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Why Mississippi State's Harassment Policy Earns a 'Green Light'

In a new series here on The Torch, FIRE will be examining some of the best “green light” university policies out there. These policies illustrate how colleges and universities can uphold the First Amendment on campus while still preventing unlawful and actionable conduct. Today, we take a look at how Mississippi State University’s harassment policy protects students’ free speech rights and simultaneously addresses true harassment.

As one of the more recent schools to earn an overall green light rating from FIRE, it is no surprise that Mississippi State appears in this series. Indeed, its policy on “Harassment,” found in the Code of Student Conduct, is a model of clarity and precision. In relevant part, the policy prohibits (PDF):

[c]onduct (physical, verbal, graphic, written, or electronic) that is (1) unwelcome; (2) discriminatory on the basis of race, color, religion, sex, national origin, age, disability, genetic information, sexual orientation, or veteran status; (3) directed at an individual; and (4) so severe, pervasive, and objectively offensive that a reasonable person with the same characteristics of the victim would be adversely affected to a degree that interferes with his or her ability to participate in or to realize the intended benefits of an institutional activity, opportunity, or resource.

This definition of harassment matches up almost perfectly with the U.S. Supreme Court’s controlling standard for student-on-student (or “peer”) hostile environment harassment in the educational setting. In Davis v. Monroe County Board of Education526 U.S. 629, 651 (1999), the Court held that peer harassment must be unwelcome, discriminatory conduct “so severe, pervasive, and objectively offensive, and that so undermines and detracts from the victims’ educational experience, that the victim-students are effectively denied equal access to an institution’s resources and opportunities.” By definition, this includes only extreme and usually repetitive behavior—behavior so serious that it would prevent a reasonable person from receiving his or her education.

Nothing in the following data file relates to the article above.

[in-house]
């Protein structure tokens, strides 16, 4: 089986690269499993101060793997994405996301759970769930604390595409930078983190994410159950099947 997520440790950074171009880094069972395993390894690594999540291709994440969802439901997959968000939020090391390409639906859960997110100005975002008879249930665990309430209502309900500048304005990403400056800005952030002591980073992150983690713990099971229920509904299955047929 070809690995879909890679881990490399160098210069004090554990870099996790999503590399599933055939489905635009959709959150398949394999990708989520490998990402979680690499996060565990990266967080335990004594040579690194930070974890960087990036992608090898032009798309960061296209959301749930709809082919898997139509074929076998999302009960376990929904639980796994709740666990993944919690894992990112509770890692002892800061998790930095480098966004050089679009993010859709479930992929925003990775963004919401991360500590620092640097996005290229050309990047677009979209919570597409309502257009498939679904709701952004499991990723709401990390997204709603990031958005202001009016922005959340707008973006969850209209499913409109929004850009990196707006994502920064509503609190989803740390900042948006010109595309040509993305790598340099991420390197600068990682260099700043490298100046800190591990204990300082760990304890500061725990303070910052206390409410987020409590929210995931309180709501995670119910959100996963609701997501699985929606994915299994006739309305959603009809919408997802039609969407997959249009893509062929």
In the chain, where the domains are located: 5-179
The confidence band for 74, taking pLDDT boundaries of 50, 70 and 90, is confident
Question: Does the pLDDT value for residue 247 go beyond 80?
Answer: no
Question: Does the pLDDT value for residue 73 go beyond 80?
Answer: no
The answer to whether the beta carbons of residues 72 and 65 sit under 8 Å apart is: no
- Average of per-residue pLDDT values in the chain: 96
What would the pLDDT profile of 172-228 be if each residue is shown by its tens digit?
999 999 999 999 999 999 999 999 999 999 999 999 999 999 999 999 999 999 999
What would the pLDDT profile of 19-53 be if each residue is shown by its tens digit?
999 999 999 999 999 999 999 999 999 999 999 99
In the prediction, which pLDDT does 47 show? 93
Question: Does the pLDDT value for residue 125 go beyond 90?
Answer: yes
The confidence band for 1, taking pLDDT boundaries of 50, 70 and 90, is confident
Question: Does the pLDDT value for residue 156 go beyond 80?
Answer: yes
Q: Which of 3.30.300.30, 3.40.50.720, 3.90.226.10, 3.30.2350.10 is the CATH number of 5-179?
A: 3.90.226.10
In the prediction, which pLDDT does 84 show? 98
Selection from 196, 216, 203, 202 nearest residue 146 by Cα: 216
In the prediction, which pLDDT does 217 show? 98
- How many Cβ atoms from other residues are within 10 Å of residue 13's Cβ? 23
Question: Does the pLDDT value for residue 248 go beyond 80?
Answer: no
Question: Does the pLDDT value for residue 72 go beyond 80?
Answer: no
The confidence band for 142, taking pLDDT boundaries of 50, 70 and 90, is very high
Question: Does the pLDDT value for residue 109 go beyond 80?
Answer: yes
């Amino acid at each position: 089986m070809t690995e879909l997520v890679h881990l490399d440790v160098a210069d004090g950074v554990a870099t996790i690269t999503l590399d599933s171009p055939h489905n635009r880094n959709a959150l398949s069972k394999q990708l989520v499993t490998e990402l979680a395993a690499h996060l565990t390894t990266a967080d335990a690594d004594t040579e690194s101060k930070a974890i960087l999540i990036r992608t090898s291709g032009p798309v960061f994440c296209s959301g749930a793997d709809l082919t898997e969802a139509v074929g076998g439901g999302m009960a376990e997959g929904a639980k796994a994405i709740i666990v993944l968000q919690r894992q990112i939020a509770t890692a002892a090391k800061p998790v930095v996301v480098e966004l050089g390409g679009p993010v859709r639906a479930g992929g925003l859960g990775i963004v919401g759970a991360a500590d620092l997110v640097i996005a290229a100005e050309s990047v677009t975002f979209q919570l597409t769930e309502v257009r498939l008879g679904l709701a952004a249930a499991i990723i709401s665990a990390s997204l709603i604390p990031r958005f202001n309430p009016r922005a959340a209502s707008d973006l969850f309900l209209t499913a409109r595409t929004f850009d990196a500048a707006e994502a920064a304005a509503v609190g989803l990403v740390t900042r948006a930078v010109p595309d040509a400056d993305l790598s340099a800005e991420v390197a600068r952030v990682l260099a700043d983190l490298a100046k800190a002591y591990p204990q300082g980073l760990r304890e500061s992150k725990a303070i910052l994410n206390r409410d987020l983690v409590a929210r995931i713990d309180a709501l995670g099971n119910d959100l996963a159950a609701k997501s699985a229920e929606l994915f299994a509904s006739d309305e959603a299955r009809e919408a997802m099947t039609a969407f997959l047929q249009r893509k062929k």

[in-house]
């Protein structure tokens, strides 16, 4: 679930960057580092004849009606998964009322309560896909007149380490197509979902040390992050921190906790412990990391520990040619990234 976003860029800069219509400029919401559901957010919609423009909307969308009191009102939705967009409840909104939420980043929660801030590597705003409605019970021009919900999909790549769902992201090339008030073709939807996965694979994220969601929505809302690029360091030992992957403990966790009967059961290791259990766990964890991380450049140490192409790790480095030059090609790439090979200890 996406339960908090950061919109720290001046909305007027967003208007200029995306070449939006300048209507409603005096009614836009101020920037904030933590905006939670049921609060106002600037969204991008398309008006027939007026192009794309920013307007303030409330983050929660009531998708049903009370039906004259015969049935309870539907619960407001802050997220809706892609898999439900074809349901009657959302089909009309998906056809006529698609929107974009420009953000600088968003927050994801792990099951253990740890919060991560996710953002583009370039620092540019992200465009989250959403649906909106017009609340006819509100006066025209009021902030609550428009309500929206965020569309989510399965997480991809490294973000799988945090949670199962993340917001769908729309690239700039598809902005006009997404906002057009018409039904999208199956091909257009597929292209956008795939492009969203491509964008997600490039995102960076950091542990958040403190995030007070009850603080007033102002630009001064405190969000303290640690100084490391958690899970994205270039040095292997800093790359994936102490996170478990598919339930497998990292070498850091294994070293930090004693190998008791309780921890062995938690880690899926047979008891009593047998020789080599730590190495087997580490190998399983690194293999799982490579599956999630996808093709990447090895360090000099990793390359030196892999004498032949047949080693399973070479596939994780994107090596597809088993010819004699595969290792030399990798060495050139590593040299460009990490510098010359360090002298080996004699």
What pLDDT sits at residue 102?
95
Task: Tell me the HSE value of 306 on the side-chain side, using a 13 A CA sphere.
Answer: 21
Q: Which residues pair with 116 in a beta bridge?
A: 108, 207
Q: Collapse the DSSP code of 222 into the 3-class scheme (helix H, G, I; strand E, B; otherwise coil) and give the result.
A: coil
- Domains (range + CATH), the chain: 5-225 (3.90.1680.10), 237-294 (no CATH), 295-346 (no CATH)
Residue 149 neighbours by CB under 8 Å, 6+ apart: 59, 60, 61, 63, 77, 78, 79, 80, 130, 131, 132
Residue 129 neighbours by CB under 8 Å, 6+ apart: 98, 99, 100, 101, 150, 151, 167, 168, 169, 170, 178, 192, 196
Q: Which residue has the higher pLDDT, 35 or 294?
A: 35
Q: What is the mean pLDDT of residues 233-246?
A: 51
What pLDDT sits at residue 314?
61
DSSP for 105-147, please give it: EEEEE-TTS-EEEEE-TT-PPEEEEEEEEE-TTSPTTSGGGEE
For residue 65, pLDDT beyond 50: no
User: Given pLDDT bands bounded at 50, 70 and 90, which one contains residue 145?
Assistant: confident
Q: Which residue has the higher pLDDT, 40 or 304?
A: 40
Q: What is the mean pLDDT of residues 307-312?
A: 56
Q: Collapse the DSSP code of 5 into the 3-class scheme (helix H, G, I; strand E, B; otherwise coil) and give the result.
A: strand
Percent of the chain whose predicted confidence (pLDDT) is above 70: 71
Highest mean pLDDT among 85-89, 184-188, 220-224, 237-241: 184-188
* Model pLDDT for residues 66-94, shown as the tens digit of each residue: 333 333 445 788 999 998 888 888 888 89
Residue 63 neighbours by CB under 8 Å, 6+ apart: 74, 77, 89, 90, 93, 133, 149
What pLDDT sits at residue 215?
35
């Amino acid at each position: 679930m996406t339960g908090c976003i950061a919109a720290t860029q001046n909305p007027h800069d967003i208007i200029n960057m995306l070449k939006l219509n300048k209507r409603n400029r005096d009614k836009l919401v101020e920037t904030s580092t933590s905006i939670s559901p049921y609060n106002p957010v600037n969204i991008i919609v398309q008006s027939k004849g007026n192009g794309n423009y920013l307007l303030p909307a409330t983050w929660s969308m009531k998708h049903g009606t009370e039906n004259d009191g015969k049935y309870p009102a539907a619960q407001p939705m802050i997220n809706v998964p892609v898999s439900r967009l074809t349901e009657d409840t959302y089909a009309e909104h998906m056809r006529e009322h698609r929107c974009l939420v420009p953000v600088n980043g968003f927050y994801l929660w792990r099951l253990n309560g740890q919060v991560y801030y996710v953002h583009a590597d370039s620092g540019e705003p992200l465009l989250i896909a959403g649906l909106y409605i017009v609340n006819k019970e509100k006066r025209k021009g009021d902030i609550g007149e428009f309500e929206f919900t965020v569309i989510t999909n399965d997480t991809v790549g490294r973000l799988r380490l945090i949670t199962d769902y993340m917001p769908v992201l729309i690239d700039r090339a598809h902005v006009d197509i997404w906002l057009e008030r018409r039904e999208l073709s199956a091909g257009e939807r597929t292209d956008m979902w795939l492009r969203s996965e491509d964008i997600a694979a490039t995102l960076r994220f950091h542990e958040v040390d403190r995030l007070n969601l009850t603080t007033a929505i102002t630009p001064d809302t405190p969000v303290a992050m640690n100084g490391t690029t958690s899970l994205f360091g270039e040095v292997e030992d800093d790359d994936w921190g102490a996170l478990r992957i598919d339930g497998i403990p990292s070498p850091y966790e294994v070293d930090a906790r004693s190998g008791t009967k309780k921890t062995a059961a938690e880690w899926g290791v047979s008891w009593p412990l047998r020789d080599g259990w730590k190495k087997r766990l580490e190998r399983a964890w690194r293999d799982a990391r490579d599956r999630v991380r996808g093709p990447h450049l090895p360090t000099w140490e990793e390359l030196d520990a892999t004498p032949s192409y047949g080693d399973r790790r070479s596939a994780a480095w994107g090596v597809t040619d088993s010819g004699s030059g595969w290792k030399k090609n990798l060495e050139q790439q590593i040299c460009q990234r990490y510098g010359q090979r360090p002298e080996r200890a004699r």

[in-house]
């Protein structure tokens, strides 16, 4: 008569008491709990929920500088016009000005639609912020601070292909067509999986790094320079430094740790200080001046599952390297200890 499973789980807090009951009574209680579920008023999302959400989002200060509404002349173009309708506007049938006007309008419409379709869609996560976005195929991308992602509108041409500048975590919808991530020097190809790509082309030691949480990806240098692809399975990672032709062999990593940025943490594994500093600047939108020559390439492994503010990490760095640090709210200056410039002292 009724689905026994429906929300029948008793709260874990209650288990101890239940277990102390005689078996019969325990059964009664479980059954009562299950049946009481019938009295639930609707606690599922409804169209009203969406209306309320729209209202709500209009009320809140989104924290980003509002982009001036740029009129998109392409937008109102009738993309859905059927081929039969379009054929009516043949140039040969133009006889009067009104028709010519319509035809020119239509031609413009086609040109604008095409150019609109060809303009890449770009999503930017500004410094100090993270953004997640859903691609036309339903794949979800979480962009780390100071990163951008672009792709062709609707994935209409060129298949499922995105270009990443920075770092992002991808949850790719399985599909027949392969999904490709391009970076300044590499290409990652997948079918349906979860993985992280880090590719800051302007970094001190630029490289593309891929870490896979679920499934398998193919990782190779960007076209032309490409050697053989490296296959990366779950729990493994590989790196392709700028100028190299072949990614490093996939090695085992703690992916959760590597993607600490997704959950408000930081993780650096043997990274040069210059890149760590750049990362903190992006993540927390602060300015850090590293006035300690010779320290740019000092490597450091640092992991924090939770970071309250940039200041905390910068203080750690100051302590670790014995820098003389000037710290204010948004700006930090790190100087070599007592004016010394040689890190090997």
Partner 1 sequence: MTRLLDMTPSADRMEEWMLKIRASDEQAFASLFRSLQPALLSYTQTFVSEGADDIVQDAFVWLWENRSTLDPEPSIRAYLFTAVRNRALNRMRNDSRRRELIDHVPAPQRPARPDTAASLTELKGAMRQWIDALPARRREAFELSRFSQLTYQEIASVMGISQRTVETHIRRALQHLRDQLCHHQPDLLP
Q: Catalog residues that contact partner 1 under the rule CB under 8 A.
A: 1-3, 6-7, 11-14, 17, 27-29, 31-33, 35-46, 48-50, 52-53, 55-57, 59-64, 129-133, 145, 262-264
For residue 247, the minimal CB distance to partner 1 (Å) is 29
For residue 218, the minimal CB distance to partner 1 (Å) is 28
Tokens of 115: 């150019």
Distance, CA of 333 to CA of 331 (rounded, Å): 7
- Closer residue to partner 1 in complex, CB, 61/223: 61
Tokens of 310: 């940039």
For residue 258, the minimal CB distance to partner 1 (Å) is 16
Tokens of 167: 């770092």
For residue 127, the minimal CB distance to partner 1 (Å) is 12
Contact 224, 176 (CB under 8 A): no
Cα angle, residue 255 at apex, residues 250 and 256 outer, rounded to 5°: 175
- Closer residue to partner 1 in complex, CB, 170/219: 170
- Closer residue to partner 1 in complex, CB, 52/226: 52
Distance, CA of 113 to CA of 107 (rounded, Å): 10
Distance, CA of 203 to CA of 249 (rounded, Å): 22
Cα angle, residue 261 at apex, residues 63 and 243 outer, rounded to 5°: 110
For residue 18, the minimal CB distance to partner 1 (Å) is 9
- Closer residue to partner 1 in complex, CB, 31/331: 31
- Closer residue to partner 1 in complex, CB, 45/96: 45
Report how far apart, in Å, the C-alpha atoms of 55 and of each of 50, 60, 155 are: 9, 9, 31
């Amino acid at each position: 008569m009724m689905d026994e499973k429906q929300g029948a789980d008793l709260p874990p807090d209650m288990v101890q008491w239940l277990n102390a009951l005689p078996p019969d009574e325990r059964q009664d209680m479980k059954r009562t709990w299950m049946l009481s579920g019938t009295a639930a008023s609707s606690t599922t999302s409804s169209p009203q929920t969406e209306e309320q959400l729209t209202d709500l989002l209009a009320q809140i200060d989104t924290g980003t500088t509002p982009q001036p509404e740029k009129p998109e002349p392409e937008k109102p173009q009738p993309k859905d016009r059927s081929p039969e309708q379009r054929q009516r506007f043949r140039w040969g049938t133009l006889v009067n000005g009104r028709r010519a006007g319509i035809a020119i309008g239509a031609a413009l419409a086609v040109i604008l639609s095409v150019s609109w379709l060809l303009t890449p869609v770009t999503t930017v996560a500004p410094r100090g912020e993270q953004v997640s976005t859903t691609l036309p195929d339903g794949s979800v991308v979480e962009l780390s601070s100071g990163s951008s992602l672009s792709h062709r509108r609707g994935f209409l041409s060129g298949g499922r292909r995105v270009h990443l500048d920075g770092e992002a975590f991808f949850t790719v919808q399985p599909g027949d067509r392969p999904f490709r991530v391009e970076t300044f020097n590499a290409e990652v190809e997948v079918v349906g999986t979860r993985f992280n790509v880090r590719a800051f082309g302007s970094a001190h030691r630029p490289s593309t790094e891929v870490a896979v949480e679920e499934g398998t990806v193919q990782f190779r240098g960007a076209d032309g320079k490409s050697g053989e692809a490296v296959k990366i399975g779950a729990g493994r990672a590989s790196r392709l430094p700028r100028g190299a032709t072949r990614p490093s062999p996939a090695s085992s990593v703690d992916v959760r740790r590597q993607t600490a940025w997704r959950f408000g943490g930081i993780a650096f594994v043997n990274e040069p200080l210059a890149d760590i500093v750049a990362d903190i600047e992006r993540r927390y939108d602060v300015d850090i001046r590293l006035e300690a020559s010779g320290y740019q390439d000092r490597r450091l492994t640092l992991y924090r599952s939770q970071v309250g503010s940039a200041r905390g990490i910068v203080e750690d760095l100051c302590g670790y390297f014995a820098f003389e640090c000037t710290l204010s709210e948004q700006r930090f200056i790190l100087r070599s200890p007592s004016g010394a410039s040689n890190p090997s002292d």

As the Court’s first (and to date only) decision regarding the substantive standard for peer harassment in education, Davis is not only controlling on this issue—it sets forth a precise, speech-protective standard, one that allows universities to balance their obligations to both protect free speech and prevent actual harassment. Mississippi State’s policy complies with the Court’s decision by incorporating all of the crucial elements of “severe,” “pervasive,” and “objectively offensive” conduct. It also correctly establishes a high threshold for the alleged conduct’s impact on the complaining individual: “adversely affected to a degree that interferes with his or her ability to participate in or to realize the intended benefits of an institutional activity, opportunity, or resource.”

Taken together, the Davis elements help to ensure that a student will not be found guilty of harassment for isolated instances of protected speech, even if they are deeply offensive or controversial to another student or to the university administration. Given how often we encounter the misuse of harassment policies to silence and punish campus expression, such protections are undeniably necessary. As FIRE President Greg Lukianoff has observed, despite years of clarity from the courts, harassment “remains the preferred legal rationale for speech codes.”

So we commend Mississippi State University for maintaining a harassment policy that properly tracks the law and allows the school to simultaneously uphold freedom of speech on campus and prevent unlawful harassment. Other colleges and universities would do well to follow Mississippi State’s example, both in terms of this particular policy and its overall green light rating. Their students would certainly benefit from it.

Image: Mississippi State University campus - Flickr user Jimmy Smith

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